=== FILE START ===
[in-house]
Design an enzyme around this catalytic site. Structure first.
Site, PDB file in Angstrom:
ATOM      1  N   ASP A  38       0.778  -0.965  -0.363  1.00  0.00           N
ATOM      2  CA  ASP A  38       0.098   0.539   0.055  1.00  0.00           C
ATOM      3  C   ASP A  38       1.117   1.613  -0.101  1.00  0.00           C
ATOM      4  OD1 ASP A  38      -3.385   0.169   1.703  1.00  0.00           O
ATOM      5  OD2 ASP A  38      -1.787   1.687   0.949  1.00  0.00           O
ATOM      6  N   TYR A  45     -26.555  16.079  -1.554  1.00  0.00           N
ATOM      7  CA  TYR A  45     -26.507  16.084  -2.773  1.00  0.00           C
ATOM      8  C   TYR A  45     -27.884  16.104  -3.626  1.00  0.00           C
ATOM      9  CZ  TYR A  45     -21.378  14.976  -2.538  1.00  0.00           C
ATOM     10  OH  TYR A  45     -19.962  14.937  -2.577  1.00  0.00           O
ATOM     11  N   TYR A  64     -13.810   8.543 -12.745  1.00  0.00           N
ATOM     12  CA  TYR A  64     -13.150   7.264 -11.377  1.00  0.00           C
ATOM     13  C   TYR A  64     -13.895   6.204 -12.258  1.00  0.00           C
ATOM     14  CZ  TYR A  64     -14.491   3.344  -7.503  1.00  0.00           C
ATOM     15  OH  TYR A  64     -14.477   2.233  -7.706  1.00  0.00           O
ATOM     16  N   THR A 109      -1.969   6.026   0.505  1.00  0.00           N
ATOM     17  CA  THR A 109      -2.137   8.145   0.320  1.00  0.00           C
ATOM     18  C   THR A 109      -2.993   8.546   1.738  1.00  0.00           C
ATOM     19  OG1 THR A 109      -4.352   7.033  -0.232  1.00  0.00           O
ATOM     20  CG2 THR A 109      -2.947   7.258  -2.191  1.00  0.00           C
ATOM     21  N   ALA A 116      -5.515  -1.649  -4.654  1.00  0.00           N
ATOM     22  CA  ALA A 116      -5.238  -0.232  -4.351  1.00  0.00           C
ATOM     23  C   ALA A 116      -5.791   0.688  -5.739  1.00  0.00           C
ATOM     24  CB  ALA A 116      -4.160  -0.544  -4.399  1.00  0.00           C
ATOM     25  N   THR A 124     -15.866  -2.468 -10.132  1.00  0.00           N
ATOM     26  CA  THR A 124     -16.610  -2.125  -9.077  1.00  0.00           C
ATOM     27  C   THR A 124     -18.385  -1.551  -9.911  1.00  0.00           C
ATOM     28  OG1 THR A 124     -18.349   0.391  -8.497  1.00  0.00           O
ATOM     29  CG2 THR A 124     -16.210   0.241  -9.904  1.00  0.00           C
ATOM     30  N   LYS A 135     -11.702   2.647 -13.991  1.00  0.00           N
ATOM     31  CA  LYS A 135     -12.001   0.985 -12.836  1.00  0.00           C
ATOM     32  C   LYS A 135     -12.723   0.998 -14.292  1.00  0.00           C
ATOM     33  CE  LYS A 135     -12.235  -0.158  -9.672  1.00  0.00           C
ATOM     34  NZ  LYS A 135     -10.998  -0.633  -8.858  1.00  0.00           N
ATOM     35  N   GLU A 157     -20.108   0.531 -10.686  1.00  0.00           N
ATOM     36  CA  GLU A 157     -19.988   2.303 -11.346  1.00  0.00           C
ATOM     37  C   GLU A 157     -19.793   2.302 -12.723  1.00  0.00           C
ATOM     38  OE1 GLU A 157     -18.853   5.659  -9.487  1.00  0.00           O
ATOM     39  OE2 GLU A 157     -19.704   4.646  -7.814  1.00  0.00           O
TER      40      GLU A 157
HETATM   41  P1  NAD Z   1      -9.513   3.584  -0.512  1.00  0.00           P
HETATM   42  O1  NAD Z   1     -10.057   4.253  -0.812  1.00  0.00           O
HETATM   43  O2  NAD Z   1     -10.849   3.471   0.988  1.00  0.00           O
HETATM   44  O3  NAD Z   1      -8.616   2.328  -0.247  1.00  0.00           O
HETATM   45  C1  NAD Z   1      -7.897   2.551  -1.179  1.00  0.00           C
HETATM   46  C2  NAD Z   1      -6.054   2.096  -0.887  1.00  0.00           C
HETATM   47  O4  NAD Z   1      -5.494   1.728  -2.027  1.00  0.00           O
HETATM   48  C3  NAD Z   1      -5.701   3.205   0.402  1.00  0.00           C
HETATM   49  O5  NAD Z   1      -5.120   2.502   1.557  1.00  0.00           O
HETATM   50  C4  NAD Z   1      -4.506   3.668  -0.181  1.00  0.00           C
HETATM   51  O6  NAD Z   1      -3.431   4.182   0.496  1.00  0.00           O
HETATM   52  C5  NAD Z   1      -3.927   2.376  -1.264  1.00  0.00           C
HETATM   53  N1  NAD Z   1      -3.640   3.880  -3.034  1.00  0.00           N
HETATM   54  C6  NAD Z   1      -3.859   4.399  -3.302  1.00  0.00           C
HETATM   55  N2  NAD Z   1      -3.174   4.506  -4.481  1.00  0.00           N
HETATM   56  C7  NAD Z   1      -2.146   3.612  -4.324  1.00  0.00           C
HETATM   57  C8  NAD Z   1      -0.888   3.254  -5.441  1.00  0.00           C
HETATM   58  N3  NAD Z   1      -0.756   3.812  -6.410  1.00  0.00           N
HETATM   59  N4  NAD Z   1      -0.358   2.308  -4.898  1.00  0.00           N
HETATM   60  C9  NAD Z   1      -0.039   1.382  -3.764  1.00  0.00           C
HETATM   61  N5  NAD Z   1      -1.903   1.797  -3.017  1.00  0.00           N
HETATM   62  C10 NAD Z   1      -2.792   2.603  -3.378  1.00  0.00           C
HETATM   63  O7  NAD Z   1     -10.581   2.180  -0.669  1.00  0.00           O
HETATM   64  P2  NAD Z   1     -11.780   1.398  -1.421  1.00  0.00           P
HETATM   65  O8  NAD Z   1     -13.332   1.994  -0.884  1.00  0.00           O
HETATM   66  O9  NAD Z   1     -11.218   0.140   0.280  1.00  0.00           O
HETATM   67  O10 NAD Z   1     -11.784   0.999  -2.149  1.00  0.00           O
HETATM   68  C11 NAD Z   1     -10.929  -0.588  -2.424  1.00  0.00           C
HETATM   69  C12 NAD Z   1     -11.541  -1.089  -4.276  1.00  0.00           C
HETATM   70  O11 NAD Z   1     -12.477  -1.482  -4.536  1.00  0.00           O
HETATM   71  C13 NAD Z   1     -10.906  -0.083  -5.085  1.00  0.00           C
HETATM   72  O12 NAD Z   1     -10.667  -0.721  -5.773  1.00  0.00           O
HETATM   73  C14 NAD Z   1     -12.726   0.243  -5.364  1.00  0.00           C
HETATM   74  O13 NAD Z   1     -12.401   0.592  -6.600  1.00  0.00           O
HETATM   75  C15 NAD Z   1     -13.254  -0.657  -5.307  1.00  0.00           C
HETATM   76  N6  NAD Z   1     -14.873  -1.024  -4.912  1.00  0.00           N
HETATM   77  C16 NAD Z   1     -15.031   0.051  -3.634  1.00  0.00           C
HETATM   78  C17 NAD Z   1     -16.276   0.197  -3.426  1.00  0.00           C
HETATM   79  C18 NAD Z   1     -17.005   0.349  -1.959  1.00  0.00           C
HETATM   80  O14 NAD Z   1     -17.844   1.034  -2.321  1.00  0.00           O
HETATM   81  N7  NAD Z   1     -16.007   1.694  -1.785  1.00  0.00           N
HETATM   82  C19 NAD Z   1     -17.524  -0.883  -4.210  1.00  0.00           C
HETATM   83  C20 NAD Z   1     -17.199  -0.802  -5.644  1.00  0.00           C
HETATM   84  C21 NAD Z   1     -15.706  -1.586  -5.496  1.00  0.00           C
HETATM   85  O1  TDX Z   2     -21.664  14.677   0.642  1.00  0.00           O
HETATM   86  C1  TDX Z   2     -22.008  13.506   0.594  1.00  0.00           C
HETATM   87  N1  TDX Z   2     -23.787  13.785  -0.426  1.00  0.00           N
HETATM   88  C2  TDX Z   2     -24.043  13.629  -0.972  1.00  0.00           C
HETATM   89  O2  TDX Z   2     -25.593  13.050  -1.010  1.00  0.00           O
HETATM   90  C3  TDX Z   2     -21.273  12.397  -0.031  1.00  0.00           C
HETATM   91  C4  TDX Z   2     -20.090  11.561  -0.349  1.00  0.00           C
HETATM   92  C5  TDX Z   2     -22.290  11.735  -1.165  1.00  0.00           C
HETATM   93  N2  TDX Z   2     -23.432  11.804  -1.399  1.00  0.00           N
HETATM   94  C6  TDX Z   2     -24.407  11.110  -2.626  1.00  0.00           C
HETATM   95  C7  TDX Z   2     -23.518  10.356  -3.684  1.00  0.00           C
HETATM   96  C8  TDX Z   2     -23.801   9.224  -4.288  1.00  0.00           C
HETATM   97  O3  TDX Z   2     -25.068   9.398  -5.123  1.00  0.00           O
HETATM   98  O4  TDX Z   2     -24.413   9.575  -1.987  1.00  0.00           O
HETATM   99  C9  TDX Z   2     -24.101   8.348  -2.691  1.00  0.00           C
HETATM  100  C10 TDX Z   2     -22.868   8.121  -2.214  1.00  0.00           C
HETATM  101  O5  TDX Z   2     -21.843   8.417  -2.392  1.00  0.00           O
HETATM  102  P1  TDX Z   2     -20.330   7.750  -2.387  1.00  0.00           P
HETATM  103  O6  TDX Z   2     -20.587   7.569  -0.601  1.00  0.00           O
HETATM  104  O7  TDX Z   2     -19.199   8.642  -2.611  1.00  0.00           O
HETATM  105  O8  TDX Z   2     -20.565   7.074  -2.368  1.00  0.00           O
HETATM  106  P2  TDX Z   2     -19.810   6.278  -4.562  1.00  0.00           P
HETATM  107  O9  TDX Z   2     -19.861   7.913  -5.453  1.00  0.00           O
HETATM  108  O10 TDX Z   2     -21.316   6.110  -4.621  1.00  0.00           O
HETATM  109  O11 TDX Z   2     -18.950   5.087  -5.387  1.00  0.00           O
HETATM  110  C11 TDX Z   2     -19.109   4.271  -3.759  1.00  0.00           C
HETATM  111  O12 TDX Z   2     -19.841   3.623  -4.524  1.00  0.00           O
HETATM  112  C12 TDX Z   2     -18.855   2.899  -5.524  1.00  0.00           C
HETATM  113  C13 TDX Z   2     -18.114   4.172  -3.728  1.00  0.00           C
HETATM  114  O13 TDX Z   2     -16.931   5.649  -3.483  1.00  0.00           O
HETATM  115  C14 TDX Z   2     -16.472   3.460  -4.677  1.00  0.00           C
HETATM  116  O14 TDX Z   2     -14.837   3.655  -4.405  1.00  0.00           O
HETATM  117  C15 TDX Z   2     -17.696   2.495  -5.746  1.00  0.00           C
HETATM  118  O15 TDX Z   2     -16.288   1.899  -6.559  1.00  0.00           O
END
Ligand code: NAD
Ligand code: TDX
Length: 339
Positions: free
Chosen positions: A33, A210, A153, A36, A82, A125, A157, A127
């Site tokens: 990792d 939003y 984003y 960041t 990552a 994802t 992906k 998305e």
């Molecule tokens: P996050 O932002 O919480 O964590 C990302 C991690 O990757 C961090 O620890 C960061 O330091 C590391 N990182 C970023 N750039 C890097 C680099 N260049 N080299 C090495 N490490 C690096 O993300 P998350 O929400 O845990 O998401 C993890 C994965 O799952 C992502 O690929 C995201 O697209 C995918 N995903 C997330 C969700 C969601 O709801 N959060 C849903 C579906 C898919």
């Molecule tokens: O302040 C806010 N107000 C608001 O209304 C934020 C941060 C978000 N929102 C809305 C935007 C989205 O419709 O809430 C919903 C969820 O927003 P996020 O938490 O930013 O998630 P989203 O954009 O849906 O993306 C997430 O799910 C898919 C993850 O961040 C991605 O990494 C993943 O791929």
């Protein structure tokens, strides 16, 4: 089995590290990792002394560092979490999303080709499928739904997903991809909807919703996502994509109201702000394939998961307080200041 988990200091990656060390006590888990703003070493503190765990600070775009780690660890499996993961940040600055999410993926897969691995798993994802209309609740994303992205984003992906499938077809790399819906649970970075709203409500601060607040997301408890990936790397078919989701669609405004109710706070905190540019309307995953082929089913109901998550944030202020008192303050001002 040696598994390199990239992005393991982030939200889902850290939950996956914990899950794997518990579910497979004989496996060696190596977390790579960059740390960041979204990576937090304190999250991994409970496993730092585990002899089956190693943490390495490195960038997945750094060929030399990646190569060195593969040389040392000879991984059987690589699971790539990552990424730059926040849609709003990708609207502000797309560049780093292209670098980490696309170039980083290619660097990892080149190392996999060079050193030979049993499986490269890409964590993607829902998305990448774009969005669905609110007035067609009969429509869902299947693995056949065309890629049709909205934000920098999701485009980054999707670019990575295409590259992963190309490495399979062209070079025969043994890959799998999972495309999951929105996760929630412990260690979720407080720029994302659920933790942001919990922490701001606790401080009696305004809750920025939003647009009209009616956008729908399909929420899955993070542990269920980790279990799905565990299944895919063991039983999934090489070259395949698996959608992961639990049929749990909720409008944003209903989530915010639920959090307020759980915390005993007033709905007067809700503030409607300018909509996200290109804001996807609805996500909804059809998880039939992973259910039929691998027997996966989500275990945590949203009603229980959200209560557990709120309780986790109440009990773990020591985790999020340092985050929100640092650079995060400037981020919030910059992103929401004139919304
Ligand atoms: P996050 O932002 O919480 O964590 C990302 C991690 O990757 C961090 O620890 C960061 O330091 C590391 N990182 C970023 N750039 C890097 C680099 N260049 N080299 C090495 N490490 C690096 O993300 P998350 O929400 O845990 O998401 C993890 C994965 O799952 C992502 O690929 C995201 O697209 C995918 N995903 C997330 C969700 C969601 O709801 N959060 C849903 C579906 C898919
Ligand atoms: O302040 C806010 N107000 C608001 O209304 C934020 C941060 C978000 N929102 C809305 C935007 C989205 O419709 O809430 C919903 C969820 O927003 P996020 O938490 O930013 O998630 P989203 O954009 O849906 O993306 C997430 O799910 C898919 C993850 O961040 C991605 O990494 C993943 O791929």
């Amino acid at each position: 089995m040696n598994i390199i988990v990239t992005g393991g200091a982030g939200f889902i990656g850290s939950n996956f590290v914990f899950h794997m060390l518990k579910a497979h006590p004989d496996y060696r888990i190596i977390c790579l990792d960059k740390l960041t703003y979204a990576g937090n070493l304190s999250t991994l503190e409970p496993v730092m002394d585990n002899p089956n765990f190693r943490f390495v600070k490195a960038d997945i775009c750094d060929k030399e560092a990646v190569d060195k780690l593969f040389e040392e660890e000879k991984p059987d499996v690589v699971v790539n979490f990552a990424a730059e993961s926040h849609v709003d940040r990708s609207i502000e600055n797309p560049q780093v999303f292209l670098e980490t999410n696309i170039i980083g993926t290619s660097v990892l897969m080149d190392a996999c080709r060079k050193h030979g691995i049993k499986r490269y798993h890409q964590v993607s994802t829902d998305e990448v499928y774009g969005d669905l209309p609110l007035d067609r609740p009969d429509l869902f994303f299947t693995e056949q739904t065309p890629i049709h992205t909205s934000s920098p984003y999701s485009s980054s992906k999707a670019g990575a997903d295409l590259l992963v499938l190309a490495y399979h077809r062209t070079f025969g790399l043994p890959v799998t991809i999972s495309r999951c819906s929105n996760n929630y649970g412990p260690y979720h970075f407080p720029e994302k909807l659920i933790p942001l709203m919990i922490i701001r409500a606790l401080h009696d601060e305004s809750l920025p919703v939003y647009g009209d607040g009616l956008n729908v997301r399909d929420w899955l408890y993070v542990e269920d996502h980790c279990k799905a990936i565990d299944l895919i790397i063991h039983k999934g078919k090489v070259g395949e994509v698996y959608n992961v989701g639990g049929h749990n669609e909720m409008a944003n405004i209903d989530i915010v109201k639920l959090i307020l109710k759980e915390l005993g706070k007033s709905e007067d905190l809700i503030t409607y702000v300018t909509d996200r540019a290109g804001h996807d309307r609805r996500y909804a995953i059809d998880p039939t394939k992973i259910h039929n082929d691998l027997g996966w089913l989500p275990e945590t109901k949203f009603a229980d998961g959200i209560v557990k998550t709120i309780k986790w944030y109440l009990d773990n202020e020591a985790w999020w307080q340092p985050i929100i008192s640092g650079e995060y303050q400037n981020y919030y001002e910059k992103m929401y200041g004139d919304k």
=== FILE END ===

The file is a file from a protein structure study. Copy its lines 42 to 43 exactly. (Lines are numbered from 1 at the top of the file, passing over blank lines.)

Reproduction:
ATOM     39  OE2 GLU A 157     -19.704   4.646  -7.814  1.00  0.00           O
TER      40      GLU A 157